Date of Award

Summer 2015

Document Type


Degree Name

Doctor of Philosophy (PhD)


Engineering Management & Systems Engineering

Committee Director

Pilar Pazos

Committee Member

Rafael Landaeta

Committee Member

Cynthia Tomovic


The trend of deploying multinational coalition or alliance forces to respond to emerging threats in the past two decades has become a conventional approach. Beyond the advantages presented by coalitions and alliances, the literature suggests that multinational forces have raised a new set of challenges in achieving their mission: managing the demographic, functional, and cultural diversity introduced by the individuals from various nations that compose the coalition/alliance.

A large number of researchers have considered diversity a "double-edged sword" as they discovered that diversity could pose risks, as well as benefits, to teamwork. Although extensive research effort has been dedicated to the area of team diversity and its effect on team effectiveness, a systematic literature review reveals that relatively little research exists that looks at the impact of diversity on teams within multinational and multicultural military environments.

This study aimed at understanding the relationship between team diversity and team performance in a multinational military environment. The conceptual framework was inspired by both the I-P-O (Input-Process-Output) (McGrath, (1984) and the IMOI (Input Mediator Output Input) (Ilgen et al., 2005) theoretical models, and "The Multicultural Team Effectiveness Model" proposed by Halverson and Tirmizi (2008).

Diversity in teams was studied in terms of three main categories: Functional Diversity, Demographic Diversity, and Cultural Diversity. In an effort to shed more light on the effects of diversity on team effectiveness, this research also employed three team level control variables: team size, the use of standard operating procedures (SOP) that teams conformed to in performing their duties, and the directorate within which team functions. Team effectiveness was measured based on performance assessments from the team leader and the immediate supervisor. A multiple regression statistical method was utilized in analyses.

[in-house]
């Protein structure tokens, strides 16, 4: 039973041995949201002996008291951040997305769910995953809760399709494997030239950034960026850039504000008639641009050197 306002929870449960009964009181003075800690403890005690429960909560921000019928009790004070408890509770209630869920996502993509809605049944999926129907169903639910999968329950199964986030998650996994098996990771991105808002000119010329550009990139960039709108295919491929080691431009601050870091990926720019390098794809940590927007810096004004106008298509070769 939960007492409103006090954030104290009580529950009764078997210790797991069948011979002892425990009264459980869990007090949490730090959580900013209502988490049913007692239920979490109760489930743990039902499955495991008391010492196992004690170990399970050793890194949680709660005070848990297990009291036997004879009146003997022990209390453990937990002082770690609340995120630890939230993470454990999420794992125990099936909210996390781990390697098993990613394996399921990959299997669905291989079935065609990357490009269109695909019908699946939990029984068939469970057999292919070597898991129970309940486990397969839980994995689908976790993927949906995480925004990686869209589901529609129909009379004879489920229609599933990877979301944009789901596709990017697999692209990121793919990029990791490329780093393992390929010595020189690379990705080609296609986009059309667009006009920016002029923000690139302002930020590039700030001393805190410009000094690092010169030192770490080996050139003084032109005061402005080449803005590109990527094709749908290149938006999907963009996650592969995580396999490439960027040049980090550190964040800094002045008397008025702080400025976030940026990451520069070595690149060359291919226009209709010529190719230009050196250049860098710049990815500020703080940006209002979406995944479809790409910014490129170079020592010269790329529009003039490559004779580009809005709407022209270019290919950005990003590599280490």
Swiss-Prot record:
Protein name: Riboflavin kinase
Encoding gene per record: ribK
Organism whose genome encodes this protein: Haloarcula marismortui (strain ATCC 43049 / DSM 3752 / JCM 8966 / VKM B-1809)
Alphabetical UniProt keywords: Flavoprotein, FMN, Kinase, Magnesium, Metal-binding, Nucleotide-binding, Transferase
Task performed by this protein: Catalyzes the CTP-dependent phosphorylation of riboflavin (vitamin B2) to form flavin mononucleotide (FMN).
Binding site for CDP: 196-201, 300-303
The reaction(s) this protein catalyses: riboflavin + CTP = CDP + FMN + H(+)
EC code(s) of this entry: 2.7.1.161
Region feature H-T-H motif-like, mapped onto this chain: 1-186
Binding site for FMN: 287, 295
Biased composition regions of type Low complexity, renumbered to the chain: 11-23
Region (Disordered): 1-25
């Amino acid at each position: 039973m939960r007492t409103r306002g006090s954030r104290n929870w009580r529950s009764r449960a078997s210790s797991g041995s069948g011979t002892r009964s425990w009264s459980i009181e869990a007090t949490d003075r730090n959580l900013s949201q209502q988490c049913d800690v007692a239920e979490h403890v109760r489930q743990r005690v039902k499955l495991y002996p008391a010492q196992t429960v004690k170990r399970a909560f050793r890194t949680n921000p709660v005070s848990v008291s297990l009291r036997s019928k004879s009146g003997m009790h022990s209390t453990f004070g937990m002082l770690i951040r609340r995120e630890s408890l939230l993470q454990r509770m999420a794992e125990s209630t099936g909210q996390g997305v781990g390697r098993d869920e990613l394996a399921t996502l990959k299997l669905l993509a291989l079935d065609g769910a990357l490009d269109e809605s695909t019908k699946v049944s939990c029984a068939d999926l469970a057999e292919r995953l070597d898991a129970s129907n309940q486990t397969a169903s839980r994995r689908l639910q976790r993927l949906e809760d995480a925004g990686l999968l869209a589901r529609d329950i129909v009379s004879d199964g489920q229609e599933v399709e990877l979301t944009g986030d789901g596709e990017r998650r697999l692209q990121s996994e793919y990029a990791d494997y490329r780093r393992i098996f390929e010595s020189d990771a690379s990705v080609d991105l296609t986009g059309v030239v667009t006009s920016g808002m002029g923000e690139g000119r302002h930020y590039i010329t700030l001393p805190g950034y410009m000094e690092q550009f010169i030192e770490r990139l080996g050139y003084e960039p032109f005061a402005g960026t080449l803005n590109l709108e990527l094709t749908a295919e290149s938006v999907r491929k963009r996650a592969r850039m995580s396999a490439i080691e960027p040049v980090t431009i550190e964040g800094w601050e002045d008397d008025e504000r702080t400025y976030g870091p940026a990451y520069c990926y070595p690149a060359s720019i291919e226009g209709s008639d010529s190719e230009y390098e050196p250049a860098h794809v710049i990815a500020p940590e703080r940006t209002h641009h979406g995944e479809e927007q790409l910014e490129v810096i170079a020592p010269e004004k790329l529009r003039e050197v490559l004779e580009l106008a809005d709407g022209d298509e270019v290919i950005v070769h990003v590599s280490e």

The study presented empirical evidence that within-team diversity plays a significant role on the team performance in multinational military environment. Diversity in multinational experience and age were found to be the factors that best promote the performance of multinational military teams, whereas diversity in military branch and perception of quality of work life were the factors that most undermine it. When the overall effects of the functional, demographic, and cultural diversities were taken into consideration, it was seen that the level of demographic diversity in a team enhanced team performance. This contrasted with the teams' level of cultural diversity, which weakened team performance. The role of functional diversity on team performance was found to be minor and not significant. When controlled by directorate, the use of SOP within the team, and team size, the analyses showed that only use of SOP altered and counterbalanced the effects of demographic and cultural diversities on team performance.